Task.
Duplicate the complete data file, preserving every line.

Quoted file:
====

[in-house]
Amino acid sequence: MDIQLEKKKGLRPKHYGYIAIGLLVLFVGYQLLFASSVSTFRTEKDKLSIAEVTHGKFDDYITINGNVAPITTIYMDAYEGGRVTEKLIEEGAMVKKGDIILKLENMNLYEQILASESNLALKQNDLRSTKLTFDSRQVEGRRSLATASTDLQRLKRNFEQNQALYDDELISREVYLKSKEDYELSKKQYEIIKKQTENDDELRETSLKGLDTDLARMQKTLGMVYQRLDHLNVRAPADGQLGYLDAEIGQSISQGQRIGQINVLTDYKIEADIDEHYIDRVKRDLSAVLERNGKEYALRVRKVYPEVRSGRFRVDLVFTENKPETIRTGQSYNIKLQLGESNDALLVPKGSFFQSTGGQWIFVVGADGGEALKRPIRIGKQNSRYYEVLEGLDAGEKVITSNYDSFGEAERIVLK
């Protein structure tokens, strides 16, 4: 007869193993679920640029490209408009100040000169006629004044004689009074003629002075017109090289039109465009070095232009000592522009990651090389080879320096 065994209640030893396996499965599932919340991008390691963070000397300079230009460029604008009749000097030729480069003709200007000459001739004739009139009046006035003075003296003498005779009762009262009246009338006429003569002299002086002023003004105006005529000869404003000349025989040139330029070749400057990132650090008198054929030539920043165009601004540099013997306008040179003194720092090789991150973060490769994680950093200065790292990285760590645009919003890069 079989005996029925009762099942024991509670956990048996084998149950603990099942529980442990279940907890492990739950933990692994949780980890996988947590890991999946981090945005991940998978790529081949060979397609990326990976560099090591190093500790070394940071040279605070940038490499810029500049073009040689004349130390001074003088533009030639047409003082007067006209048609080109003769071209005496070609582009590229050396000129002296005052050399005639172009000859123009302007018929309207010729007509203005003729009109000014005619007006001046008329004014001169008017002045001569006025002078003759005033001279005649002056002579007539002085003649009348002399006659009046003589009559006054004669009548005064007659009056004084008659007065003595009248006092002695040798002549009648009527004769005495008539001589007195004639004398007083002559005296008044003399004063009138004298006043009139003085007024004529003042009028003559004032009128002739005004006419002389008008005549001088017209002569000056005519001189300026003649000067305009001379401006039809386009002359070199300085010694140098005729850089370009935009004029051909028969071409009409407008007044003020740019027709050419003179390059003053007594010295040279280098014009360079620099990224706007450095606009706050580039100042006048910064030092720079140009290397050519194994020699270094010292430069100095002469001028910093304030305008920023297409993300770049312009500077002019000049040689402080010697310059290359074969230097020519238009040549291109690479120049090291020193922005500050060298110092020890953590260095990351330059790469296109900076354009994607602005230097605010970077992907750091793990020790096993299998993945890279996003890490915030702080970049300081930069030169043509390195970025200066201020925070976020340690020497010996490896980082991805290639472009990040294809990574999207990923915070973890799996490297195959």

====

[in-house]
Amino acid sequence: MDIQLEKKKGLRPKHYGYIAIGLLVLFVGYQLLFASSVSTFRTEKDKLSIAEVTHGKFDDYITINGNVAPITTIYMDAYEGGRVTEKLIEEGAMVKKGDIILKLENMNLYEQILASESNLALKQNDLRSTKLTFDSRQVEGRRSLATASTDLQRLKRNFEQNQALYDDELISREVYLKSKEDYELSKKQYEIIKKQTENDDELRETSLKGLDTDLARMQKTLGMVYQRLDHLNVRAPADGQLGYLDAEIGQSISQGQRIGQINVLTDYKIEADIDEHYIDRVKRDLSAVLERNGKEYALRVRKVYPEVRSGRFRVDLVFTENKPETIRTGQSYNIKLQLGESNDALLVPKGSFFQSTGGQWIFVVGADGGEALKRPIRIGKQNSRYYEVLEGLDAGEKVITSNYDSFGEAERIVLK
């Protein structure tokens, strides 16, 4: 007869193993679920640029490209408009100040000169006629004044004689009074003629002075017109090289039109465009070095232009000592522009990651090389080879320096 065994209640030893396996499965599932919340991008390691963070000397300079230009460029604008009749000097030729480069003709200007000459001739004739009139009046006035003075003296003498005779009762009262009246009338006429003569002299002086002023003004105006005529000869404003000349025989040139330029070749400057990132650090008198054929030539920043165009601004540099013997306008040179003194720092090789991150973060490769994680950093200065790292990285760590645009919003890069 079989005996029925009762099942024991509670956990048996084998149950603990099942529980442990279940907890492990739950933990692994949780980890996988947590890991999946981090945005991940998978790529081949060979397609990326990976560099090591190093500790070394940071040279605070940038490499810029500049073009040689004349130390001074003088533009030639047409003082007067006209048609080109003769071209005496070609582009590229050396000129002296005052050399005639172009000859123009302007018929309207010729007509203005003729009109000014005619007006001046008329004014001169008017002045001569006025002078003759005033001279005649002056002579007539002085003649009348002399006659009046003589009559006054004669009548005064007659009056004084008659007065003595009248006092002695040798002549009648009527004769005495008539001589007195004639004398007083002559005296008044003399004063009138004298006043009139003085007024004529003042009028003559004032009128002739005004006419002389008008005549001088017209002569000056005519001189300026003649000067305009001379401006039809386009002359070199300085010694140098005729850089370009935009004029051909028969071409009409407008007044003020740019027709050419003179390059003053007594010295040279280098014009360079620099990224706007450095606009706050580039100042006048910064030092720079140009290397050519194994020699270094010292430069100095002469001028910093304030305008920023297409993300770049312009500077002019000049040689402080010697310059290359074969230097020519238009040549291109690479120049090291020193922005500050060298110092020890953590260095990351330059790469296109900076354009994607602005230097605010970077992907750091793990020790096993299998993945890279996003890490915030702080970049300081930069030169043509390195970025200066201020925070976020340690020497010996490896980082991805290639472009990040294809990574999207990923915070973890799996490297195959």